We are fortunate to have Dr Andrea Graves in the house for this special guest post. Andrea Graves has a PhD in animal behaviour with a speciality in chickens, and is the author of What Your Chickens Want You To Know: Backyard Chicken-Keeping in Aotearoa. She lives in Hamilton and keeps three determined, busy and endlessly fascinating Hy-Line hens in her modestly sized backyard.
To those of us prone to such longing, chickens are seductive. Some are absolute beauty stars – and I say this after having recently gazed at my friends’ new Barnevelders. Oh, the black and gold bodies topped by perky young combs. Daily egg production. Lovely natures. What’s not to love?
It’s true that there is much to love about keeping chickens. It’s a surging trend in New Zealand, helped along by the surge in egg prices and perhaps a desire for a return to nature in our tech-crazed world. However, there are some disclaimers to be aware of. You may still decide it’s for you, but forewarned is forearmed.
You’ve no doubt seen images of fresh green grass being delicately plucked by beautiful chickens, with colourful flower gardens in the background. That chicken dream might manifest for you if you have a huge area you’re willing to let your chooks loose in. But most likely you’ll find that they are extremely tough on the ground and on your garden. Mulch will go everywhere, seedlings will be dug up and your silverbeet will be reduced to stalks. Chickens’ main occupation is to scratch the earth in order to forage for food – regardless of how much you’re feeding them and how hungry they are. Plan for them to be in an area that will become denuded and torn apart, and decide how to make it as interesting as possible for them anyway. That’s easier if it’s a big area, but small areas can work too. And look out for what squishes between your toes when you walk barefoot.
The key things for life are, of course, food and water. Keeping chickens is a commitment to making sure these necessities are always available. These are hungry, thirsty creatures. Make sure you’ve got a system worked out to keep them fed and watered, and the determination to maintain it even when everyone’s sick and busy and life piles up – for all the years of their life.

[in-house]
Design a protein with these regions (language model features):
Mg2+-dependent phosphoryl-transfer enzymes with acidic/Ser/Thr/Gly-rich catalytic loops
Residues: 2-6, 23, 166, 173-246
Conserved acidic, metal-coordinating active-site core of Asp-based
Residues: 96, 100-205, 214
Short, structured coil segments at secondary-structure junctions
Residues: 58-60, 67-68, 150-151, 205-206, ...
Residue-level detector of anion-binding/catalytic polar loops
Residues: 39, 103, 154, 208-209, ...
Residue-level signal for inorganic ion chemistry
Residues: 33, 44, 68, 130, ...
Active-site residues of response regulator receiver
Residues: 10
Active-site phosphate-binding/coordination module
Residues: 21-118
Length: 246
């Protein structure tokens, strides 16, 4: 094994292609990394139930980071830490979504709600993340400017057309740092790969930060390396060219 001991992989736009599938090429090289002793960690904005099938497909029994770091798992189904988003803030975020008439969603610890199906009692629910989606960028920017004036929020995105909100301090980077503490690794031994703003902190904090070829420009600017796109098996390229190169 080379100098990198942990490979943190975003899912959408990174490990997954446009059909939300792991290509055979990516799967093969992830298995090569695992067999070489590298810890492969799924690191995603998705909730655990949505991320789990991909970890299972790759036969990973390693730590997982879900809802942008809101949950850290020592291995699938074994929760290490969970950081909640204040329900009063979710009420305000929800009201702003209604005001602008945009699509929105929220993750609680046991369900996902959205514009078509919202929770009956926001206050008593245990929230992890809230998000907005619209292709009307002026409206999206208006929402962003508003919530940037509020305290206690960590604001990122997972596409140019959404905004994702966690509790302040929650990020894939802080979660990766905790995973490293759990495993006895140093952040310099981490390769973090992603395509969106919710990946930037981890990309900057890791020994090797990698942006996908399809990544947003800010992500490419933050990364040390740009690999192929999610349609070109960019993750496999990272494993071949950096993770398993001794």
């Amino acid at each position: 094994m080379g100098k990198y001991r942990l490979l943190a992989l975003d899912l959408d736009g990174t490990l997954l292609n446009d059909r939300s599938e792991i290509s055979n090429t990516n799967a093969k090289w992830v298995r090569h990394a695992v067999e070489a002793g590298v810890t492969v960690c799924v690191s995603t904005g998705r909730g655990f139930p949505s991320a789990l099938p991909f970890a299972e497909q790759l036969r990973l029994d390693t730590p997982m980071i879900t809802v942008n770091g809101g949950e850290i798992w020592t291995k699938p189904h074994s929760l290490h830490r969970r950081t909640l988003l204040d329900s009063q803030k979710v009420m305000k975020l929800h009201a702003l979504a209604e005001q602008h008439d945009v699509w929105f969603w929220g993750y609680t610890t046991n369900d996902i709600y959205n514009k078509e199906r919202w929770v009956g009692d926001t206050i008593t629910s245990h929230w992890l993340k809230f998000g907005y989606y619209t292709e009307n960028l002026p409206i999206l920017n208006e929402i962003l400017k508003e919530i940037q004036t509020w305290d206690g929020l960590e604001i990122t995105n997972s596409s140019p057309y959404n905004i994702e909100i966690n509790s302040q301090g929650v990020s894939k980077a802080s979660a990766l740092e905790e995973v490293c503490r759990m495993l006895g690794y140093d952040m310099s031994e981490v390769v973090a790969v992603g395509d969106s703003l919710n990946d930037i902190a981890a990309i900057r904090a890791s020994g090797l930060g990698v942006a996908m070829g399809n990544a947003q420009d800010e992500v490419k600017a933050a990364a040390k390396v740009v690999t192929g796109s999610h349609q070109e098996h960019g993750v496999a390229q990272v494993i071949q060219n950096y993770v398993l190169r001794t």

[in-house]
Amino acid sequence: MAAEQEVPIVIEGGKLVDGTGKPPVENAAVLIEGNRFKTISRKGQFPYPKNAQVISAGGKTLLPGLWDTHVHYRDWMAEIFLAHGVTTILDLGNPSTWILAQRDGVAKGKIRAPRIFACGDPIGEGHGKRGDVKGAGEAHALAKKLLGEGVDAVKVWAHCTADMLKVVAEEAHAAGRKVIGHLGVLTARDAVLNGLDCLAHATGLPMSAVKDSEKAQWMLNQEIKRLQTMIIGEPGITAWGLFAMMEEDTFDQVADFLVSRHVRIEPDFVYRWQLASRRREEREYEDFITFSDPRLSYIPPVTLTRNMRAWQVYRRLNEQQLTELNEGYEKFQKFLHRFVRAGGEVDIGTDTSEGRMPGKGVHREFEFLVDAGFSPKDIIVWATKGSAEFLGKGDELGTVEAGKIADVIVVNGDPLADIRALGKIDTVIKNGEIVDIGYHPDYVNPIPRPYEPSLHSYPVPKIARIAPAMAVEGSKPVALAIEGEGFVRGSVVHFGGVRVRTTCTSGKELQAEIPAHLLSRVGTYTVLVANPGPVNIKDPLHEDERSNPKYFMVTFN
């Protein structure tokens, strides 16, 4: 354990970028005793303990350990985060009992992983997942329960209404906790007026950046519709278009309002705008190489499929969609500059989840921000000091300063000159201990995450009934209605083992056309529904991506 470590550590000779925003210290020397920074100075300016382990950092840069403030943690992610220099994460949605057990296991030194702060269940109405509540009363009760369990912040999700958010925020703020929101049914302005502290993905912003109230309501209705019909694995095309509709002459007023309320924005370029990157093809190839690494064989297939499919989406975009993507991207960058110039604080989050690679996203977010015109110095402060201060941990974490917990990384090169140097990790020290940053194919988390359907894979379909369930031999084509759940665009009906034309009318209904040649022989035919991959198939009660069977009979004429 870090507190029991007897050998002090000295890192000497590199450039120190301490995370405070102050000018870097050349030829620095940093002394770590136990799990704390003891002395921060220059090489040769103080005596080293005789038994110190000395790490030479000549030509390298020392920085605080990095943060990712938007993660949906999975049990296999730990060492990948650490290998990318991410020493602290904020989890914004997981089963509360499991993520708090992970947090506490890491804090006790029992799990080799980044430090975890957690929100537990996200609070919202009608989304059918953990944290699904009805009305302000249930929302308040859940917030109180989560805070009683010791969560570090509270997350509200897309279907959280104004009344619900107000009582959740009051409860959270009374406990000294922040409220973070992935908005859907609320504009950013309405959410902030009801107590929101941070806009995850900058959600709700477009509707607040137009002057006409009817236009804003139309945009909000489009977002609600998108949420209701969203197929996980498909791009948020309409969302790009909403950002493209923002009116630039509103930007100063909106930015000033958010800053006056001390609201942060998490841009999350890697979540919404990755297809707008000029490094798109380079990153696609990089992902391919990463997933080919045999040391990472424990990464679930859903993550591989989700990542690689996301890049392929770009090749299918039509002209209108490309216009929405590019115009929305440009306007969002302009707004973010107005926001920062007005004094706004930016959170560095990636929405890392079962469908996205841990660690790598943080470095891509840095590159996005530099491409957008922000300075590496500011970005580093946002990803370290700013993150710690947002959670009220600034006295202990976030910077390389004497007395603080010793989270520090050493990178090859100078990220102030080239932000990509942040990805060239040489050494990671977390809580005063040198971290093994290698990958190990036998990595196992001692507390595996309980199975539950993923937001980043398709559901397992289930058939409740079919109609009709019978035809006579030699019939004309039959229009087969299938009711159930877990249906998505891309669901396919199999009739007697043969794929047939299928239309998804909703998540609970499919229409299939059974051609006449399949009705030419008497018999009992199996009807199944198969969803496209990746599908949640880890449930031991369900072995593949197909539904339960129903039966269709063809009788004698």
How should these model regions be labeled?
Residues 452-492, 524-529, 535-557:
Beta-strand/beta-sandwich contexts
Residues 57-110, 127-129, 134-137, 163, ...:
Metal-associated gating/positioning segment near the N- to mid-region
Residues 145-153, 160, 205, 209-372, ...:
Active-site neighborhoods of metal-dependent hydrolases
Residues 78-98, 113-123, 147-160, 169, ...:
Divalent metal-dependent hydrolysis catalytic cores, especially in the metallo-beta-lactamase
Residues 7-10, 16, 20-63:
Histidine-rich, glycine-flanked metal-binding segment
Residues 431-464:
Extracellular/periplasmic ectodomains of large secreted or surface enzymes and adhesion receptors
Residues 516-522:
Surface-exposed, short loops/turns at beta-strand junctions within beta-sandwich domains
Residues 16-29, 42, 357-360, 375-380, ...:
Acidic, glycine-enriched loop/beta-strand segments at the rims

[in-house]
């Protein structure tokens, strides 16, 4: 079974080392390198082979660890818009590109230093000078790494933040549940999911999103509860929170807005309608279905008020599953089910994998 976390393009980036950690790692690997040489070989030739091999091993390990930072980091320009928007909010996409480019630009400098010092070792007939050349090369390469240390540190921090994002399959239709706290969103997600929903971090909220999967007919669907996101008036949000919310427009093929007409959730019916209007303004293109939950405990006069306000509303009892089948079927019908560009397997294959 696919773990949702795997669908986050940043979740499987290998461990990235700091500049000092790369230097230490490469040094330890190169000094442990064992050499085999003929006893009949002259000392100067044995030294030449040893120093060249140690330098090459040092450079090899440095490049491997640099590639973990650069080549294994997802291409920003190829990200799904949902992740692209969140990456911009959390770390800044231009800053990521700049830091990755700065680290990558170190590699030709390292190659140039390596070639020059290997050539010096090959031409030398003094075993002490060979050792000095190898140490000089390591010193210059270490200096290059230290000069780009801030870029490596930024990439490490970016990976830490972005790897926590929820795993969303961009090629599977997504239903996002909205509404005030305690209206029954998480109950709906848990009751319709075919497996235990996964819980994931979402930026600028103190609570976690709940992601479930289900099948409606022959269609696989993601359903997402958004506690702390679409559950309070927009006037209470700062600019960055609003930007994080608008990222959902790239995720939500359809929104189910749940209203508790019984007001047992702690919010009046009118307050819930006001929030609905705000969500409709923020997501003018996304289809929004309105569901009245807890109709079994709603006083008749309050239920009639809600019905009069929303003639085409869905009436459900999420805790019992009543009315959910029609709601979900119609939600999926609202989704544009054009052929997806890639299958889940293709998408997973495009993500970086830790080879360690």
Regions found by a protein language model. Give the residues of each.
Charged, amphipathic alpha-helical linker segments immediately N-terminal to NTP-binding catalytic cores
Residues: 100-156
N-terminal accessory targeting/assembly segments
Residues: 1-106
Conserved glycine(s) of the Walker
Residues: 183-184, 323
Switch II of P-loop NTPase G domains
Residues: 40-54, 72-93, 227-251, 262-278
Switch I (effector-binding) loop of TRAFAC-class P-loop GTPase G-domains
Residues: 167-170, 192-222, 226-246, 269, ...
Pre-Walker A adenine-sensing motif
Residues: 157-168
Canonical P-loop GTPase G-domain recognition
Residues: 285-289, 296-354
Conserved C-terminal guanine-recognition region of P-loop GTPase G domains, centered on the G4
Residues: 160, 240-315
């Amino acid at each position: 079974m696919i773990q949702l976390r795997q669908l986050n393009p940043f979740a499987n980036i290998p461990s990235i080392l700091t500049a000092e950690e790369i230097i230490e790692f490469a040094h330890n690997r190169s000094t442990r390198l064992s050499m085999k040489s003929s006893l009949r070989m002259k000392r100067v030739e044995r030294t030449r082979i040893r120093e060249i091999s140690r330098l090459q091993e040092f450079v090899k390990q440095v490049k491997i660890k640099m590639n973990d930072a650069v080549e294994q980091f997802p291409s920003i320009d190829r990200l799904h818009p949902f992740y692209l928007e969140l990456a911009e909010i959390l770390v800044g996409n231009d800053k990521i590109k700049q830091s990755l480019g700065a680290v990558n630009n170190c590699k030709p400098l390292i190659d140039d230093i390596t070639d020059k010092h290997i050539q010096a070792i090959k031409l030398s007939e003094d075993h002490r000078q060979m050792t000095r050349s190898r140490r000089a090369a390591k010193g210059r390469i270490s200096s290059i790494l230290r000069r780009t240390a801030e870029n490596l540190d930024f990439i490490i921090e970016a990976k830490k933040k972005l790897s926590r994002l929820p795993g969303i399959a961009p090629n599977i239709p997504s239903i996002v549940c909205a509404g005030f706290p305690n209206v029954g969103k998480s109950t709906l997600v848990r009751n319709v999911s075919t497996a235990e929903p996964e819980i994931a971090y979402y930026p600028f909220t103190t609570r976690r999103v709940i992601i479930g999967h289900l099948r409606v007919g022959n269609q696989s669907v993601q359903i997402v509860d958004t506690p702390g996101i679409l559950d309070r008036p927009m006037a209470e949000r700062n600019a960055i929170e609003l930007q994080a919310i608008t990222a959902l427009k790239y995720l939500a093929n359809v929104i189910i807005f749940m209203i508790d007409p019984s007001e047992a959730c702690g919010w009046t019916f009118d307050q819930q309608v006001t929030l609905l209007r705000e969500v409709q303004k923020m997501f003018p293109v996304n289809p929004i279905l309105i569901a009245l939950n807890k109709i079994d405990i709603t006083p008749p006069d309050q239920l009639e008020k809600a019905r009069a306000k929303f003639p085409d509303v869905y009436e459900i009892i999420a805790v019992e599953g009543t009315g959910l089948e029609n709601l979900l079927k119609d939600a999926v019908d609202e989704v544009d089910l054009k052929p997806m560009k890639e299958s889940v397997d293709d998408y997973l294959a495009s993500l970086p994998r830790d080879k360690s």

It pays to think hard in advance about how many eggs you’ll want and how many chooks you therefore need. There are trade-offs. More chooks mean more eggs, but the feed will cost more and there will be more poo and mess to deal with. But needing to bring in more birds later on will create trouble because the existing birds will fight the new ones, and it can be brutal. The social disruption passes, but it‘s likely to be weeks before peace is restored. You’re unlikely to see any boxing matches when you buy a group of young birds and introduce them to your place all at the same time.
You may envision a consistently abundant egg supply, and to start with you’ll probably get it. Young birds start laying at four to six months of age. During spring and summer, that’s likely to yield an egg a day or close to it, especially if you choose a Hy-Line or brown shaver, the two modern commercial breeds (the heritage breeds aren’t as productive). Production slows down in autumn and winter when the days are short and picks up as the days lengthen again. But after the first year, eggs may completely stop in winter. As the years pass, egg laying also slows and then stops in the warmer months, too, if your birds last that long.
Commercial egg farmers avoid this problem by artificially lighting sheds to simulate summer-length days and by sending their birds for slaughter before they turn two. In addition, they only keep commercial breeds, which means the hens are unlikely go broody (meaning they want to sit on eggs and stop laying). But in your backyard, it’s a back-no-nature dose of fluctuating egg supply as seasons change and birds grow old.
End of life
Chickens are hardy creatures, but they do get sick, and the older they get the more likely this is to happen. The commercial breeds tend to deteriorate after three or so years, whereas heritage breeds could even carry on for up to ten years. In both cases their physical health is likely to outlast their useful laying life.
It’s usually but not always obvious when illness strikes. It’s hard to know what’s wrong, what to do, and whether to put them out of their misery or not. Veterinary care is expensive. If it’s bad enough to warrant euthanasia, the DIY version is doable but feels terrible. For some people, the solution is an expensive trip to the vet (those folks have wonderful injections). For others it’s ‘call a friend’ time if they have someone suitable.
So what do you say – are you up for all the adventures of life with chickens? This post has concentrated on some of the more challenging aspects of life with chickens, but there are plenty of rewards too, so don’t be too put off. But it does pay to plan for road bumps.
What does your daily work involve? Digging, scratching, dust bathing, ‘fertilising’ the garden. A bit of laying. We u...
We are fortunate to have Dr Andrea Graves in the house for this special guest post. Andrea Graves has a PhD in animal...
While they’re not as obvious (or obnoxious) as a cock-a-doodle-doo, your brood’s clucks and cackles may be more meani...
Chicken Quick Care Guide Clever and charismatic, chickens make choice pets. Did you know? There are m...
Feeling pretty puffed up about your busy hen house now everyone is scrambling for eggs? Well, by following these tips...